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Criminal Justice Reform Activist Shares Inspirational Story

By Jonathan Scott

University of Mississippi

Susan Burton, a criminal justice reform leader who has rebuilt her life after being incarcerated, delivers the inaugural Dr. Jeanette Jennings Lecture on Oct. 26 at the University of Mississippi. Submitted photo

Susan Burton, a visionary and inspirational leader of the criminal justice reform movement, will give the inaugural Dr. Jeanette Jennings Lecture Series on Oct. 26 at the University of Mississippi.

Presented by the university’s African American studies and the Prison-to-College Pipeline programs, the 6 p.m. event in Bondurant Hall, Room 204C, is free and open to the public.

“We could not be prouder or more honored to host Ms. Burton, given the need for her voice within our community,” said Derrick Harriell, director of African American studies.

The lecture series, funded by an anonymous gift in 2022, honors Jennings, who became the first Black Ole Miss faculty member in 1970.

“Dr. Jennings was pivotal to the advancement of Black studies and the cradling of Black students,” said Harriell, who is also the Otillie Schillig Associate Professor of English.

Burton’s lecture is an official event in the observation of the university’s 175th anniversary celebration themed “A Legacy of Calling.”

Based in Los Angeles, Burton is a formerly incarcerated woman and advocate for restoring basic civil and human rights to those who have served time. Her ability to rebuild her life serves as a dramatic example of how others can break the cycle of imprisonment.

As Burton puts it: “Mistakes belong to the past. We belong to the future.”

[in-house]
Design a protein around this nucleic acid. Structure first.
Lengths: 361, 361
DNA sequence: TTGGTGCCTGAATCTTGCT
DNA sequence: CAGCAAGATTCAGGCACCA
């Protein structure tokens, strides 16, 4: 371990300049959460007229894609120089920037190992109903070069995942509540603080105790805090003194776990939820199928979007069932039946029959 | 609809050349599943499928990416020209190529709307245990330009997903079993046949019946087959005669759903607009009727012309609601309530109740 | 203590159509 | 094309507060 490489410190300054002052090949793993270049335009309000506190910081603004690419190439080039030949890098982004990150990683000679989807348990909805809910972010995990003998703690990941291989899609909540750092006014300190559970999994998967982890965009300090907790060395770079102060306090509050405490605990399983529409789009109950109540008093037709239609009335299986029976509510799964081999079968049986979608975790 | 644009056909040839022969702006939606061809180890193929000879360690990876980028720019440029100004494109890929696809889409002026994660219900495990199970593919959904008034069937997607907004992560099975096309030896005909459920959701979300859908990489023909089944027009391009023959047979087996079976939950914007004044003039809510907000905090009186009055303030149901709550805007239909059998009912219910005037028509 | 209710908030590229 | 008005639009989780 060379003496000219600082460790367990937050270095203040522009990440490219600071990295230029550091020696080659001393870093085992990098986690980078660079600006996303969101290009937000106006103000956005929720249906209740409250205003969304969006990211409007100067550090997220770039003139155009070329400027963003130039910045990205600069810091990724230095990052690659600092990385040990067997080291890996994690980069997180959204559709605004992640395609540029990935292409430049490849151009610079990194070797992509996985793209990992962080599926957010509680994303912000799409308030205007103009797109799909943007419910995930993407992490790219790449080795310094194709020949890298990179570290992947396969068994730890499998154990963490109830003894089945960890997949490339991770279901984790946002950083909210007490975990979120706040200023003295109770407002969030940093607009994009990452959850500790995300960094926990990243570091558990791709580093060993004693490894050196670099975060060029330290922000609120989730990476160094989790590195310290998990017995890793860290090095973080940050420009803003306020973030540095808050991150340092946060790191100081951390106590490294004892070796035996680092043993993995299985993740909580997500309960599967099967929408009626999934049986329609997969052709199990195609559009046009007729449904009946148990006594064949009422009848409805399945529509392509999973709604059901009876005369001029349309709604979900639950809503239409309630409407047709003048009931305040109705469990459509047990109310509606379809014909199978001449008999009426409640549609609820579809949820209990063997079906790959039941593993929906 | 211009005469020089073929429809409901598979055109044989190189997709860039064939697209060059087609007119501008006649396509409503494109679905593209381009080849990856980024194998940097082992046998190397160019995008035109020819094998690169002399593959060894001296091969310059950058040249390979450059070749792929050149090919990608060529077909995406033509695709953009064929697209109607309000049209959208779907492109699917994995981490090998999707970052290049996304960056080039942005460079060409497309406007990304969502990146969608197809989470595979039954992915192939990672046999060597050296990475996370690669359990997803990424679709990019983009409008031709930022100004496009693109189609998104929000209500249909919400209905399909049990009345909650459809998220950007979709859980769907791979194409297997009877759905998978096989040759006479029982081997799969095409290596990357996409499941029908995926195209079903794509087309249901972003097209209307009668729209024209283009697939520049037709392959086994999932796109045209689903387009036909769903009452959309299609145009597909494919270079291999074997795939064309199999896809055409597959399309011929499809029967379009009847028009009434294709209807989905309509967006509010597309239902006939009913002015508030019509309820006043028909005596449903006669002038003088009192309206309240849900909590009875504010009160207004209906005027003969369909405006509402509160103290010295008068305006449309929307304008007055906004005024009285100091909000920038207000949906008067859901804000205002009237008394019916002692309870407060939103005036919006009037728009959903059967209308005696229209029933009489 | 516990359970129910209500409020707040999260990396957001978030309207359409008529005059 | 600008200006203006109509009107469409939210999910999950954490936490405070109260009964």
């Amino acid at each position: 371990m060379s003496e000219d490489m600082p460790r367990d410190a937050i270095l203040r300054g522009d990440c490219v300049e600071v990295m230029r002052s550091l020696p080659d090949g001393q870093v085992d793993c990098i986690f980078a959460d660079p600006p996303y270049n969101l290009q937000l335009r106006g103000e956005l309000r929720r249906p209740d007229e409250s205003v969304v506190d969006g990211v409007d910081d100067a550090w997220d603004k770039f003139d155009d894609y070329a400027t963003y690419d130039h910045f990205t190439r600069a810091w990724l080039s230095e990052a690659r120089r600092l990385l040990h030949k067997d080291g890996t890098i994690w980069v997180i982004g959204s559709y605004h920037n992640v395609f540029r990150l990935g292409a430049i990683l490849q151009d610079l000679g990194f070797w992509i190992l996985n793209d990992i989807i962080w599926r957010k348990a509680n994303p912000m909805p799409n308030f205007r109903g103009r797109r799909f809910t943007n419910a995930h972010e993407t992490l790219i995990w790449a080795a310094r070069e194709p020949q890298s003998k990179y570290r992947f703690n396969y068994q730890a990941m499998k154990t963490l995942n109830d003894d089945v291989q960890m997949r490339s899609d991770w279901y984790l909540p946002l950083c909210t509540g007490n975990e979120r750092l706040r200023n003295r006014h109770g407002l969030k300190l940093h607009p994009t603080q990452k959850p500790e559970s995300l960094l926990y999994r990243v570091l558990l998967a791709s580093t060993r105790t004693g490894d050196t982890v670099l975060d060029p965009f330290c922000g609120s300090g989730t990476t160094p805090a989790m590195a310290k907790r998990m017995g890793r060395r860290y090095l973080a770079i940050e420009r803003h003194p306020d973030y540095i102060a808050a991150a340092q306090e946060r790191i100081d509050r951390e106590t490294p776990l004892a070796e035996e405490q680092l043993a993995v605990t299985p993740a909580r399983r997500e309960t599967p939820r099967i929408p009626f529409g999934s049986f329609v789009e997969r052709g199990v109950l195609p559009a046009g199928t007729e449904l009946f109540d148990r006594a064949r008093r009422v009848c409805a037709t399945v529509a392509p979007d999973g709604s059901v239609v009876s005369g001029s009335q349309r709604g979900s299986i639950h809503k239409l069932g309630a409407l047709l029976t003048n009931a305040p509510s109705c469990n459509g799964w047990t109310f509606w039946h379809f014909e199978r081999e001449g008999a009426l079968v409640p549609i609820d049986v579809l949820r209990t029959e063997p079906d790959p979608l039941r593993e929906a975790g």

She is author of the award-winning memoir, “Becoming Ms. Burton: From Prison to Recovery to Leading the Fight for Incarcerated Women” (The New Press, 2017).

She is also the founder of A New Way of Life, a nonprofit organization providing housing and other support to formerly incarcerated women. ANWOL’s approach to reentry is internationally recognized as an innovative model that creates welcoming and healing spaces for women to rejoin their communities after imprisonment while developing as leaders.

The impact of Burton’s work has been recognized through numerous awards, including the prestigious Citizen Activist Award from the Harvard Kennedy School of Government, the Encore Purpose Prize and the James Irvine Foundation Leadership Award. She also received the NAACP Image Award and was named as one of the nation’s 18 New Civil Rights Leaders by the Los Angeles Times.

For more information about Burton’s lecture, contact Tracion Flood, program coordinator of the Prison-to-College Pipeline Program and program manager of African American studies, at teflood@olemiss.edu or 662-915-5977.

To make a gift to the Dr. Jeanette Jennings Lecture Fund, click here. To learn about supporting the College of Liberal Arts and the African American studies program, contact Delia Childers, director of development, at dgchilde@olemiss.edu or 662-915-3086.


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